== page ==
Table 5 contains item–scale allocations based on varimax rotation for the DQOLY item responses from the ABC data. The last column contains allocations without deletion. Scale 3 is assigned all 17 satisfaction items plus the one item, item 7 from the impact scale, usually recommended for reverse coding. Thus, scale 3 is essentially a satisfaction scale but also consists of all the DQOLY items with recommended reverse orientation. Scale 2 consists of the first seven of the 11 worry scale items and so is a partial worry scale. Scale 1 consists of all the impact items except item 7 plus the remaining four worry items and so is primarily an impact scale augmented with aspects of the original worry scale. The other rotation schemes (Table 6) generate three other distinct allocations, but with small adjustments, shifting the allocation of items 7 and 15–17 in one case, only item 27 in another and only item 15 in the third. Items usually reverse coded are either assigned together or else are given negative unit loadings when combined with items usually not reverse coded. Unrotated factor loadings on the other hand produce a much different allocation.

Rotation results (except for no rotation) provide subjective evidence of reasonable applicability of recommended DQOLY scales to the ABC data since only small adjustments from recommended allocations are produced. On the other hand, results for these rotations applied to FACES, while the same for all rotations, are quite different from the recommended allocation. However, these alternate allocations might not result in substantial predictive differences. To address this issue requires objective assessment of rotation results, but rotations do not change the underlying covariance structure and so cannot be compared directly using LCV. However, rotations suggest changes in factor loadings to values of 0 and ±1 which produce changes to the covariance structure, and so these adjustments can be evaluated by LCV. In this way, rotations can be evaluated using LCV scores for models based on the item–scale allocations they suggest. This issue is addressed using CFA in Section 5.5.

These rotation results also indicate that the choice of rotation scheme may have at most a small impact on generated scales. For the 2 factor case (using FACES items), all rotations generate exactly the same item–scale allocations. For the 3 factor case (using DQOLY items), four different allocations are generated by the 10 different rotation schemes, but these are not too different from each other. In both cases, though, there are distinct differences between using and not using a rotation with no rotation producing allocations much different from recommended allocations. This suggests a likely advantage to basing summated scales on rotated, instead of unrotated, factor loadings. On the other hand, rotations tend to separate items into groups with the same orientation (in which case reverse coding is irrelevant).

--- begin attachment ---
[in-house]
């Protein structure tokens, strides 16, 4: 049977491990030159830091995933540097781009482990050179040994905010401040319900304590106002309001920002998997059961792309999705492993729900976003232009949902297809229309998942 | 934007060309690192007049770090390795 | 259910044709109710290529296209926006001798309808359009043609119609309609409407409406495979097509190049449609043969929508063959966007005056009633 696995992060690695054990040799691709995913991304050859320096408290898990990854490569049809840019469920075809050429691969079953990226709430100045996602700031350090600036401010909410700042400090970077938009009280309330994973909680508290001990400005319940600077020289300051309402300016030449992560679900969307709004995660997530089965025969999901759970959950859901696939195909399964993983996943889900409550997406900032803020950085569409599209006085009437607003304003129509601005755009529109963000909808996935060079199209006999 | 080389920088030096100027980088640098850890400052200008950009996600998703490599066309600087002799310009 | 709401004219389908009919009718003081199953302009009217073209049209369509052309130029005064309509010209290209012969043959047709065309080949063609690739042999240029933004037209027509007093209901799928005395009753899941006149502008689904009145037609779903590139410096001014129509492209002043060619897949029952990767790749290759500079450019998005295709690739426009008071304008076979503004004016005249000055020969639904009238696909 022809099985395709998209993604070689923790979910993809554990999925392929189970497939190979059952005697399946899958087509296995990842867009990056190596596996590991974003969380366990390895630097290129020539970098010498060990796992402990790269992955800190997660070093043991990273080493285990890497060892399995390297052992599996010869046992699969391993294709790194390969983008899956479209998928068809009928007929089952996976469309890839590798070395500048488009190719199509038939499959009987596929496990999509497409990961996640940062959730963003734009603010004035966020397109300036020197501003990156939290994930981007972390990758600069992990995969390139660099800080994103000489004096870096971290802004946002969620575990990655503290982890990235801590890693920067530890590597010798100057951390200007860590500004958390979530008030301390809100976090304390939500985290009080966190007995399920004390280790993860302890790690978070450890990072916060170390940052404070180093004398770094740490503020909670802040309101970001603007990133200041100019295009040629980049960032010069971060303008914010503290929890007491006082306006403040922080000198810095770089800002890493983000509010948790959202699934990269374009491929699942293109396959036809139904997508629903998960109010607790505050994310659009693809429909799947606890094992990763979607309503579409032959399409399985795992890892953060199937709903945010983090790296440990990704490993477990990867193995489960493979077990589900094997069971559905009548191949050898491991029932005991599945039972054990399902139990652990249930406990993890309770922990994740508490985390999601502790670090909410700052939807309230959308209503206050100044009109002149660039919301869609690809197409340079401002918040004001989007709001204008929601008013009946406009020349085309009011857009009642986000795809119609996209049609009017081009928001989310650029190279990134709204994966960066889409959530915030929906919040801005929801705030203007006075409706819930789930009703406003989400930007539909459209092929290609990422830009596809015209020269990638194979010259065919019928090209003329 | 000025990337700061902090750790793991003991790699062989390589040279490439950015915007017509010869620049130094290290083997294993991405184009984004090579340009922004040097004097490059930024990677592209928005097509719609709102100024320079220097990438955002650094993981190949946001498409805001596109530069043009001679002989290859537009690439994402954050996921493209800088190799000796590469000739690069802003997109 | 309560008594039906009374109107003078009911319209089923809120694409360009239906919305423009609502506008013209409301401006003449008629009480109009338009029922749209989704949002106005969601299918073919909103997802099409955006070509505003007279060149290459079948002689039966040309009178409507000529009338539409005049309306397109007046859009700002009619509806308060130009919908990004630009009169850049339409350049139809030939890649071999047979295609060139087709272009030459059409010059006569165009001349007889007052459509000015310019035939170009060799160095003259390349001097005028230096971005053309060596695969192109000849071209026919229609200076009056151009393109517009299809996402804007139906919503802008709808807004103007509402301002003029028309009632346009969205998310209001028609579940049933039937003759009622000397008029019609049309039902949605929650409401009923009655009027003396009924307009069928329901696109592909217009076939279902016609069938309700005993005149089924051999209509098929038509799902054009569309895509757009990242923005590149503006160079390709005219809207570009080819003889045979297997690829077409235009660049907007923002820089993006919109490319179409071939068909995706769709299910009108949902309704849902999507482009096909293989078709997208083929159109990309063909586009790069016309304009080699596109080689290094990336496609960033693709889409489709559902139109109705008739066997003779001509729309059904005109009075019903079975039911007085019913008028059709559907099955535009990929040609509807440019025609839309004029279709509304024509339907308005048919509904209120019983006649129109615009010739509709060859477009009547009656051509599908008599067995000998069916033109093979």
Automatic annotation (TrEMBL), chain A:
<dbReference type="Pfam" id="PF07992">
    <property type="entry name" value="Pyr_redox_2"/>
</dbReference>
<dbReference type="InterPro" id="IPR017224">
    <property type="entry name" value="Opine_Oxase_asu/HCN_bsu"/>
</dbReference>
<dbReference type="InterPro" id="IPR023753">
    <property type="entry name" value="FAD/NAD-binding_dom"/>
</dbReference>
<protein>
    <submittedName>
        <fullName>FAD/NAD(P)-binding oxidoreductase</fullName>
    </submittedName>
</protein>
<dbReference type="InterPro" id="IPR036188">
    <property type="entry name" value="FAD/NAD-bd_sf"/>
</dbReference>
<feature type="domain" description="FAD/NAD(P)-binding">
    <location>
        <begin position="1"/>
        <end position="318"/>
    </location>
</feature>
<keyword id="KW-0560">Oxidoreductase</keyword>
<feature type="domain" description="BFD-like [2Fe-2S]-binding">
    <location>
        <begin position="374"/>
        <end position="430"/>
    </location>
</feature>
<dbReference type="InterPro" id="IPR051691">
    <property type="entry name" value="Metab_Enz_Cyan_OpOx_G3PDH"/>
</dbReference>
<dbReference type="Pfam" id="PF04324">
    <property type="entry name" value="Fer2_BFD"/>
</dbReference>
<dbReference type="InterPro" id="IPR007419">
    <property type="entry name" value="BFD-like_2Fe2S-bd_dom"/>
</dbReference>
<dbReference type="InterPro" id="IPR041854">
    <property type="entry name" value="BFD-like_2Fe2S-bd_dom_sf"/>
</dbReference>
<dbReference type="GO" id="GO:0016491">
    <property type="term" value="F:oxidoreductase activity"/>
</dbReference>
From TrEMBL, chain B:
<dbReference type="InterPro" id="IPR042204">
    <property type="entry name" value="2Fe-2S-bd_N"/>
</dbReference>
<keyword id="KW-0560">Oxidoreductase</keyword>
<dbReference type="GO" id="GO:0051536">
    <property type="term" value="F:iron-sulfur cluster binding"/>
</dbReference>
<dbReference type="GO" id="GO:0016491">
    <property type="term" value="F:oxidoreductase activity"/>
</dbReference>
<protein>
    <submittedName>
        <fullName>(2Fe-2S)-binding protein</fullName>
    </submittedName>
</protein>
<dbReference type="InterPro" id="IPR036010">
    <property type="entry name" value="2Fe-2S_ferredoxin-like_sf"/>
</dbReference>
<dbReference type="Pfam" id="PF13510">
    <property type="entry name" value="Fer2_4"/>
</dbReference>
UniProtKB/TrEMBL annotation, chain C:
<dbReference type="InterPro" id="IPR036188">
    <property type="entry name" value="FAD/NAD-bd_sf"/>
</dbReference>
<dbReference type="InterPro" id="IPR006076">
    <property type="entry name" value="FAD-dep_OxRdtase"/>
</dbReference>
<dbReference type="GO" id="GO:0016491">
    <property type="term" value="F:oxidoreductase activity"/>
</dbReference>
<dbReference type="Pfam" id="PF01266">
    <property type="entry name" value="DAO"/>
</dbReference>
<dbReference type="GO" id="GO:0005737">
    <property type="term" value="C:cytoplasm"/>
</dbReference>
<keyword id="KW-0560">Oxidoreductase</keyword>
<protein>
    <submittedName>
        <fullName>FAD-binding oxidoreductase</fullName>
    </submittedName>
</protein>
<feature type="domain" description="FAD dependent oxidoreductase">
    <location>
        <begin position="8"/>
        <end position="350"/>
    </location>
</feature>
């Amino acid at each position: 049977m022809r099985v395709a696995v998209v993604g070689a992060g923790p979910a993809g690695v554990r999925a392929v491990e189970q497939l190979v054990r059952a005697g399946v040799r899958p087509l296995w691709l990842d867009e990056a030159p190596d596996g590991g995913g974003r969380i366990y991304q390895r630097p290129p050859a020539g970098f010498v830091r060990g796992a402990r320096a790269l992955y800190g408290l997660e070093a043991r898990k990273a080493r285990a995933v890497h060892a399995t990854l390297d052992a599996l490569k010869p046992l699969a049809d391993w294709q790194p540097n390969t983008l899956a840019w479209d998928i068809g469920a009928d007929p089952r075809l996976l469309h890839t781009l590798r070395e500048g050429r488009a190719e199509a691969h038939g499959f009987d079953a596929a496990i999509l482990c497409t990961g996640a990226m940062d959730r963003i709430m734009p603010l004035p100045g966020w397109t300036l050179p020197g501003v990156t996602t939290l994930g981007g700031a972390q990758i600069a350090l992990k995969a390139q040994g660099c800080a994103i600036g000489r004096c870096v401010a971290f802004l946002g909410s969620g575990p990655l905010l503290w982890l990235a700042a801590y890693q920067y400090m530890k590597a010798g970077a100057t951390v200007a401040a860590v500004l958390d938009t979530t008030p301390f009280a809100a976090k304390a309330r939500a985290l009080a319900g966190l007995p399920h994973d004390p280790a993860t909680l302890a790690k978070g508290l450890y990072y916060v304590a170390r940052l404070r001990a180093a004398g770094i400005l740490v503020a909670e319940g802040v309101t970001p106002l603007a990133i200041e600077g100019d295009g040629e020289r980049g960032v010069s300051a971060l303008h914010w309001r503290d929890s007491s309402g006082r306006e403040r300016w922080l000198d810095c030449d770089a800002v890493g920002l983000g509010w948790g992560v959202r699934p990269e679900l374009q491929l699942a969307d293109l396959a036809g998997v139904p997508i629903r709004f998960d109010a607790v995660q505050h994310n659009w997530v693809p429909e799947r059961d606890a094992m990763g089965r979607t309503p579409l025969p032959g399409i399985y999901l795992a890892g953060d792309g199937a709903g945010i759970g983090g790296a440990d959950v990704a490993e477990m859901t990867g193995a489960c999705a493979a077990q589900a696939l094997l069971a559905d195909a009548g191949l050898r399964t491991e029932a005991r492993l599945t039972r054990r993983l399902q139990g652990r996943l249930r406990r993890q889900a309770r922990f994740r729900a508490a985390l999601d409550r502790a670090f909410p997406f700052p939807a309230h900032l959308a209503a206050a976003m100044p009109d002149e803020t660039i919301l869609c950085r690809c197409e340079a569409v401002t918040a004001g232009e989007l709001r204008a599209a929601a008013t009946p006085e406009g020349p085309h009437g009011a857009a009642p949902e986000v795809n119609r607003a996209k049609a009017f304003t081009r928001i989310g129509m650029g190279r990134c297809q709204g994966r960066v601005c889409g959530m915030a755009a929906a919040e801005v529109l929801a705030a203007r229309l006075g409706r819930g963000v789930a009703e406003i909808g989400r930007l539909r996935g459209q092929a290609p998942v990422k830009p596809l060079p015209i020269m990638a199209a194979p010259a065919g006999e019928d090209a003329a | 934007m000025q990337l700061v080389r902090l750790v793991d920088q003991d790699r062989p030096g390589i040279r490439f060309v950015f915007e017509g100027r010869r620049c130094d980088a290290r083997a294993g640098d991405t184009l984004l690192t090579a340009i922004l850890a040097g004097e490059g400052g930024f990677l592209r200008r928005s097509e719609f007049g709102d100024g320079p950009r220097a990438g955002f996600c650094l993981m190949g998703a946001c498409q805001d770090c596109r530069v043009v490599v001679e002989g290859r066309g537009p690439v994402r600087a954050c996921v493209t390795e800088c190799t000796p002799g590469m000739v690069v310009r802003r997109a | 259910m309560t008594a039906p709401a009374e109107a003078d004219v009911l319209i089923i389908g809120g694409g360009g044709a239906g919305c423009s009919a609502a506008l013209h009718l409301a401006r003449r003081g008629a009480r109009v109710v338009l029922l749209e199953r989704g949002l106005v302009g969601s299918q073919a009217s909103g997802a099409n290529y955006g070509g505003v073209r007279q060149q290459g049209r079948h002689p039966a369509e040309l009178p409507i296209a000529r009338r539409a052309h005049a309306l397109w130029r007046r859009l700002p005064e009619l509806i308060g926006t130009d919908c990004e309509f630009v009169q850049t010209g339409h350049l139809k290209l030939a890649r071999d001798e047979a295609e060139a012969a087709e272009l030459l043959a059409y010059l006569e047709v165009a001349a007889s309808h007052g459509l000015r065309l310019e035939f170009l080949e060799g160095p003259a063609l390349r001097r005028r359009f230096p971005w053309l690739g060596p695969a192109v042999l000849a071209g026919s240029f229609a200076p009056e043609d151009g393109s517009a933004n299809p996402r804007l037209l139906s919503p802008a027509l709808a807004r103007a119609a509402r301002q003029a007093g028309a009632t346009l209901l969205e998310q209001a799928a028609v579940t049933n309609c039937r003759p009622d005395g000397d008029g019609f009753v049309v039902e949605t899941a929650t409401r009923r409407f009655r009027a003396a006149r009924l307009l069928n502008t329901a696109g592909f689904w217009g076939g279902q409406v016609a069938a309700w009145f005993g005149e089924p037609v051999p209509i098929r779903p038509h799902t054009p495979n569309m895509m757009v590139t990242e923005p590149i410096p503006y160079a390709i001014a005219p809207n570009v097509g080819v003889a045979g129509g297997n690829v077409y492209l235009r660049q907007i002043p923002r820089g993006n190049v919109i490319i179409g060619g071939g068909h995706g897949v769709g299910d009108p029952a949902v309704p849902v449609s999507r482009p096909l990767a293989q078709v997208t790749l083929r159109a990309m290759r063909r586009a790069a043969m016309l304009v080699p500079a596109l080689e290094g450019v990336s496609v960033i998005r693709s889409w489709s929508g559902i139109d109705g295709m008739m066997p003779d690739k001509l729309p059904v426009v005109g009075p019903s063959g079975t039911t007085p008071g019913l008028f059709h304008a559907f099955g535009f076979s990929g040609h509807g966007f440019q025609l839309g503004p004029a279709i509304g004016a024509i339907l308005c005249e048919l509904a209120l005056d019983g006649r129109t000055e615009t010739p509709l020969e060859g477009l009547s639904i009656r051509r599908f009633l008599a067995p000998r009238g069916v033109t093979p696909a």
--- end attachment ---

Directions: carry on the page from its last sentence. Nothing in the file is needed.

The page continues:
To compare alternative factor loading adjustments for the three sets of ABC items (Table 7), associated CFA models will be generated with all their unique factors independent of each other and independent of all common factors. The impact of estimating covariances for the unique factors could be addressed with LCV but will not be for brevity. Alternative covariance structures for the common factors will be considered, though.

The use of a single scale is the appropriate choice for CDI. The summated scale with recommended reverse coding (same as that suggested by the EFA factor loadings) is a nearly optimal choice (within 1% of the best overall score) for the CDI items of the ABC data, whereas the factor analysis model has the better score.

For FACES, the best overall model is generated by the scales based on a varimax rotation of the 2 factor EFA model but with estimated rather than unit loadings together with estimated inter-scale correlation. Thus, EFA models with all items loading on all factors can be improved by assigning items to factors in disjoint sets, as long as dependence between the factors is also accounted for. However, the EFA model is nearly optimal and outperforms the varimax-based summated scales (with unit loadings instead of estimated loadings). The scales based on unrotated factors are distinctly noncompetitive, unless loadings and the inter-scale correlation are estimated. Treating scales as correlated is a consistently better alternative to treating them as independent, except for EFA models for which there is no difference. Consideration of dependent factors adds nothing to an EFA model since item dependence is accounted for by treating all items as loading on all factors. On the other hand, since summated scale scores measure related aspects for the same subject, they are likely to be correlated, and so it seems more appropriate to treat them as dependent rather than as independent.

The recommended FACES summated scales are not competitive, even when treated as dependent. Reverse coding item 12 as well provides a beneficial effect, but the recommended scales are still tangibly worse than the best model (with more than a 2% decrease). Alternately, recommended scales can be improved to a competitive level (within 2% of best) by estimating loadings and the inter-scale correlation. However, the varimax-based summated scales are nearly optimal when their inter-scale correlation is estimated, and so seem preferable to the recommended scales for the ABC data. On the other hand, they represent latent constructs that are only related to, but not the same as, family adaptability and cohesion as represented by the recommended summated scales. Thus, scores for the varimax-based summated scales should not be directly compared to family adaptability and cohesion scores from other studies. Also, it seems prudent to repeat any analyses conducted using the varimax-based summated scales, replacing them by the recommended summated scales to assess the impact of that choice on the results.